As Kearns points out, intelligence analysts were conscious of the risks inherent in projecting their own patterns of behaviour onto Arab world decision-makers. From the height of 1950s Cold War to Britain’s concomitant retreat from empire then and afterwards, the dangers of so-called ‘mirror-imaging’, of expecting potential adversaries to respond to threats as those watching them might do, were repeatedly called out. For all that, the organizational cultures and attitudinal outlooks of senior advisory committees were slower to evolve. Even if ‘mirror imaging’ was avoided, what should fill its place? Herein lies the nub of the book’s argument. Rather than admit the limitations of their knowledge, whether experiential or evidential, British and, later, American intelligence communities were inclined – and, to be fair, were required – to speculate. What could potential Arab world enemies be expected to do? In Kearns’ reading, the qualification ‘be reasonably expected’ to do rarely applied because, from CIA specialists to Britain’s senior governmental advisory group, the Joint Intelligence Committee, the inclination was to characterize problem regimes in particular ways. Because few such regimes were accountable to their publics at the ballot box, their overthrow, were it to happen, was likely to be violent. Knowing this, their internal security forces stamped on popular protest or minority dissent. Pay-offs, deal-making, and patronage networks meanwhile minimized the threat of palace coups. Iraqi and other Arab world politics, in this reading, was closer to mafia trading than the pursuit of declared political programmes.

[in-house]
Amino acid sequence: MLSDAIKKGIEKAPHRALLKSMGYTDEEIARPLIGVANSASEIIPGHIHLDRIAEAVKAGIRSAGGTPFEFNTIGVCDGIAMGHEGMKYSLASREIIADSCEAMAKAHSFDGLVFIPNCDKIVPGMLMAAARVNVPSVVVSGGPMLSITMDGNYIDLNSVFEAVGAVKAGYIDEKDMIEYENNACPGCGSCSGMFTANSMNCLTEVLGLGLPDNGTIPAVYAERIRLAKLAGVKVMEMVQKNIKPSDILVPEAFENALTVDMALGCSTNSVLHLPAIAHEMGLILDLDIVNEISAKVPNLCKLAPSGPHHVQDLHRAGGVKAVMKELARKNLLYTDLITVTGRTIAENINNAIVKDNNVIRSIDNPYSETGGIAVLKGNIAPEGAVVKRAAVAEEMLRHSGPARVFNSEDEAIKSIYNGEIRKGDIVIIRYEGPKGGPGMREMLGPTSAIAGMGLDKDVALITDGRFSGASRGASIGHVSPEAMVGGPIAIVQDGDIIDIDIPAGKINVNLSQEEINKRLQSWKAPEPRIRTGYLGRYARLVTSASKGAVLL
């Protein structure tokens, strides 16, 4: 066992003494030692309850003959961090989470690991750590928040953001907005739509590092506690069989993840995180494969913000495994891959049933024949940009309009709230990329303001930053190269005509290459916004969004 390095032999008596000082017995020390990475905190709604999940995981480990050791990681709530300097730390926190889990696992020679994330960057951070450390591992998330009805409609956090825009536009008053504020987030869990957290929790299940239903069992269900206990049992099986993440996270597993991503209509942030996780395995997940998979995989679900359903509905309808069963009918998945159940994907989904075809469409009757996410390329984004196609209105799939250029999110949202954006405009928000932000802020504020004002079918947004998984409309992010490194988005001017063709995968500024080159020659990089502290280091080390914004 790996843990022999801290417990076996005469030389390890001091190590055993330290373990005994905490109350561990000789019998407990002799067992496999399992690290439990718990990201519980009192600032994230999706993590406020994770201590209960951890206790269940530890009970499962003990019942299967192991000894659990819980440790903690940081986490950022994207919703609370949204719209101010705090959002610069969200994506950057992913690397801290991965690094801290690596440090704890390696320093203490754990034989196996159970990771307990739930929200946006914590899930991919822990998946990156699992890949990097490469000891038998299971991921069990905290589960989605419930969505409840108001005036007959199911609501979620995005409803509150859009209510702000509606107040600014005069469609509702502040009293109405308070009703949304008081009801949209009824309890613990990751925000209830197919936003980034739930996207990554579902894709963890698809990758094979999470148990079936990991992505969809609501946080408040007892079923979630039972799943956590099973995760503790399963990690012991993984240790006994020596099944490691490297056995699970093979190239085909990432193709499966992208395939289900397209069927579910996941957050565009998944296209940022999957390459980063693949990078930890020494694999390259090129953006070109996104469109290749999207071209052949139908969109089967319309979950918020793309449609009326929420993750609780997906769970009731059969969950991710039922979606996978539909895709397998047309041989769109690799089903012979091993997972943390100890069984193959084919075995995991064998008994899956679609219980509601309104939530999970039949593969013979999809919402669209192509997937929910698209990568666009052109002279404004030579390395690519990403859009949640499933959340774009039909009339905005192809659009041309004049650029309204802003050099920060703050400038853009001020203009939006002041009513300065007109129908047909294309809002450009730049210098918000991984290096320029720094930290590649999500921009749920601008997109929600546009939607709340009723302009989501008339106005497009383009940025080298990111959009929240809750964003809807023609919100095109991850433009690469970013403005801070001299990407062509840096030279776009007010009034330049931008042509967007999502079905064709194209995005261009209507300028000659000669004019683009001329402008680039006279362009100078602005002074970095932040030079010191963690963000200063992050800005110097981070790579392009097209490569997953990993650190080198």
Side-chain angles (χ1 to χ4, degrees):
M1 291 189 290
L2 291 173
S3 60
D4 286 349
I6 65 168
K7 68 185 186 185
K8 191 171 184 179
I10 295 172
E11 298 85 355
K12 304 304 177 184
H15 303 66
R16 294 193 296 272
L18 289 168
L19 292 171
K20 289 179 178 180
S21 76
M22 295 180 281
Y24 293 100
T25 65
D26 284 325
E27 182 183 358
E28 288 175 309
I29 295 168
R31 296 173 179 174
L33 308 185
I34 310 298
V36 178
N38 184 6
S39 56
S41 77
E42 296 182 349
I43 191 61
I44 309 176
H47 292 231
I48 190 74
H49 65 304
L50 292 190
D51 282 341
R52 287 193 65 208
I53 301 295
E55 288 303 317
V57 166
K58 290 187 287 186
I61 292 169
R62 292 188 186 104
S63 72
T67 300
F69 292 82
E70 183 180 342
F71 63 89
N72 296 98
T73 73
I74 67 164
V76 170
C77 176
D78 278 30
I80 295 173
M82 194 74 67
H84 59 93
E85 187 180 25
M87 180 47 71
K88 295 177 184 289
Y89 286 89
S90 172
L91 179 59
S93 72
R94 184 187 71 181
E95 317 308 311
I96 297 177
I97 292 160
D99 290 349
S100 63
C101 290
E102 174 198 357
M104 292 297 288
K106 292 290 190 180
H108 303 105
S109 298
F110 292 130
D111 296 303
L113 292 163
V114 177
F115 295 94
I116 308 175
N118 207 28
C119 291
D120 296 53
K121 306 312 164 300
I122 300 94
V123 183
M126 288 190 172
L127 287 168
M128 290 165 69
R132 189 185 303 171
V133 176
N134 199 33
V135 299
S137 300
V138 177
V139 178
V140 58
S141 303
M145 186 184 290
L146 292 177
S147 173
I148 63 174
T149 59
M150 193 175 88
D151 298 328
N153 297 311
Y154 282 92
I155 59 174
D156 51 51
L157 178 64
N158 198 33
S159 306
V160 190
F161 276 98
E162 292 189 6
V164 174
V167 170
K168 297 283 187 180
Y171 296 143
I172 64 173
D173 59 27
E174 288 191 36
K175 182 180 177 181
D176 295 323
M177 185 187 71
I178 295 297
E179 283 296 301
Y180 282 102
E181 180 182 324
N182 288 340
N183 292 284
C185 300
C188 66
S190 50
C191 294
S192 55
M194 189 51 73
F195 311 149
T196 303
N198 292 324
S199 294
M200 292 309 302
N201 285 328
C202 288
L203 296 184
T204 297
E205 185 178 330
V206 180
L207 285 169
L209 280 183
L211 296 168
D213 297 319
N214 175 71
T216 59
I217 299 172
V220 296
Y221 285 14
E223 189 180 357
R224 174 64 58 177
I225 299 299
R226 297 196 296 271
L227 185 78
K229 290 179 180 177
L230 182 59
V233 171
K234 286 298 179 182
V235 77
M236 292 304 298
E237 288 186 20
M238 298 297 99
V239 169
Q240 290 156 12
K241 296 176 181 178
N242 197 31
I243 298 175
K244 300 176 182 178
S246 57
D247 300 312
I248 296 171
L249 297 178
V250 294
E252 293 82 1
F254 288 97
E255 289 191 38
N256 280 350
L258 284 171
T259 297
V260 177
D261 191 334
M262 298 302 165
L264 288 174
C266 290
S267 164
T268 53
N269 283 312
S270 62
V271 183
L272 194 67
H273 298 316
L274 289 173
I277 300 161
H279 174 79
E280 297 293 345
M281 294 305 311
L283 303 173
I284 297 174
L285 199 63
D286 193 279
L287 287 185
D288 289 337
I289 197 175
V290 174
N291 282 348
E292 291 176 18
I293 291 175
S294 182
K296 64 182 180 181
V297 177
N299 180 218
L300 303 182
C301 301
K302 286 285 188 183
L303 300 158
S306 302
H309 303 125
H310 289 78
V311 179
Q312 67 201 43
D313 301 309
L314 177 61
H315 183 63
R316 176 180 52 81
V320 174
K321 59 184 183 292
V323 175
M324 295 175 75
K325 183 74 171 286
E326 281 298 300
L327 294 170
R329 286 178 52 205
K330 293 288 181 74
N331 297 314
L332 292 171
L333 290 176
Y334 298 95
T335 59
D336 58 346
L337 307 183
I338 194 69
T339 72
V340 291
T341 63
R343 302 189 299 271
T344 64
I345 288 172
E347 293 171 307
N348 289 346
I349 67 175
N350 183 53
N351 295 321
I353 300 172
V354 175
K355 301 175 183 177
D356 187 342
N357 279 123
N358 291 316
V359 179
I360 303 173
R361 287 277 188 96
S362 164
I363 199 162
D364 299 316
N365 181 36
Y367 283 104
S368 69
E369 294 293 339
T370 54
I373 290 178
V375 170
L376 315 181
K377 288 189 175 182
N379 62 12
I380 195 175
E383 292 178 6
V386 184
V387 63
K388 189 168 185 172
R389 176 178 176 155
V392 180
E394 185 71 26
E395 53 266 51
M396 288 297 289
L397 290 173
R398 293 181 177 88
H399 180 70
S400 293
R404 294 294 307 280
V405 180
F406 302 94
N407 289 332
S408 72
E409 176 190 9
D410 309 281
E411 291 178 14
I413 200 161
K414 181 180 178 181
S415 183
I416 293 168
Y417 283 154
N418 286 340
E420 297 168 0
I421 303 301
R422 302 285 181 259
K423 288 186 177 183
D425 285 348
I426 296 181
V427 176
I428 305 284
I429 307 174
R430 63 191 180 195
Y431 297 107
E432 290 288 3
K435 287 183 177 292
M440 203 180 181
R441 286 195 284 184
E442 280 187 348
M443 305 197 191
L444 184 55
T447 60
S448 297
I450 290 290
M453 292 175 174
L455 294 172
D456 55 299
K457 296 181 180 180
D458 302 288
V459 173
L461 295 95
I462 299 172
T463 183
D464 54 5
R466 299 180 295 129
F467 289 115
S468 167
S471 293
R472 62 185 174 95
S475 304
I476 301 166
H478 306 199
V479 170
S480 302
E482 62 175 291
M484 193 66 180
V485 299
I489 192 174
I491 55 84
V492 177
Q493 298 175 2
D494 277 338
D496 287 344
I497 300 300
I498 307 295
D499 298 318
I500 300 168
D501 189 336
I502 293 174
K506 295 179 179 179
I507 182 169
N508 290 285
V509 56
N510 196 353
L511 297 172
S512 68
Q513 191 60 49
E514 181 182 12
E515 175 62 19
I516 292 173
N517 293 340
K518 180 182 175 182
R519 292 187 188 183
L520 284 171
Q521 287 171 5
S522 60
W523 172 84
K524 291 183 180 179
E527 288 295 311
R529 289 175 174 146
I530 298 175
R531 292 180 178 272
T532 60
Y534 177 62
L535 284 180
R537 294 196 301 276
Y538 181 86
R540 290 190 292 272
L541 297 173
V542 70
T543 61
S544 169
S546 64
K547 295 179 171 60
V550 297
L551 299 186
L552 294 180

Tightly focused on those at the top in Arab regimes, British intelligence reportage dismissed ideologies, from Nasserite pan-Arabism to Baathist socialism and Libyan Third Worldism, as superficial, especially when gauged next to communal affiliations and reflexive ‘anti-westernism’. The personal interest of those in charge came first. Survival of the leader and survival of the regime were considered coeval, making for a peculiarly individualised form of intelligence analysis. Civil society pressures were little considered. Longitudinal societal change was rarely addressed. Rather, the central preoccupation was with ‘strongman’ leaders. Depicted as emotive but self-obsessed, they were unlikely to follow the logics of caution and restraint supposedly characteristic of the western liberal mind. The abiding certainty was that such strongmen, even if not innately violent, were untrustworthy and unscrupulous. The consequent feedback loop perhaps looks obvious in hindsight. Because such figures and the governmental apparatus beneath them would say whatever was required to preserve the regime, official statements and formal pledges counted for nothing. The scope for Anglo-American intervention commensurately widened, with fatal results.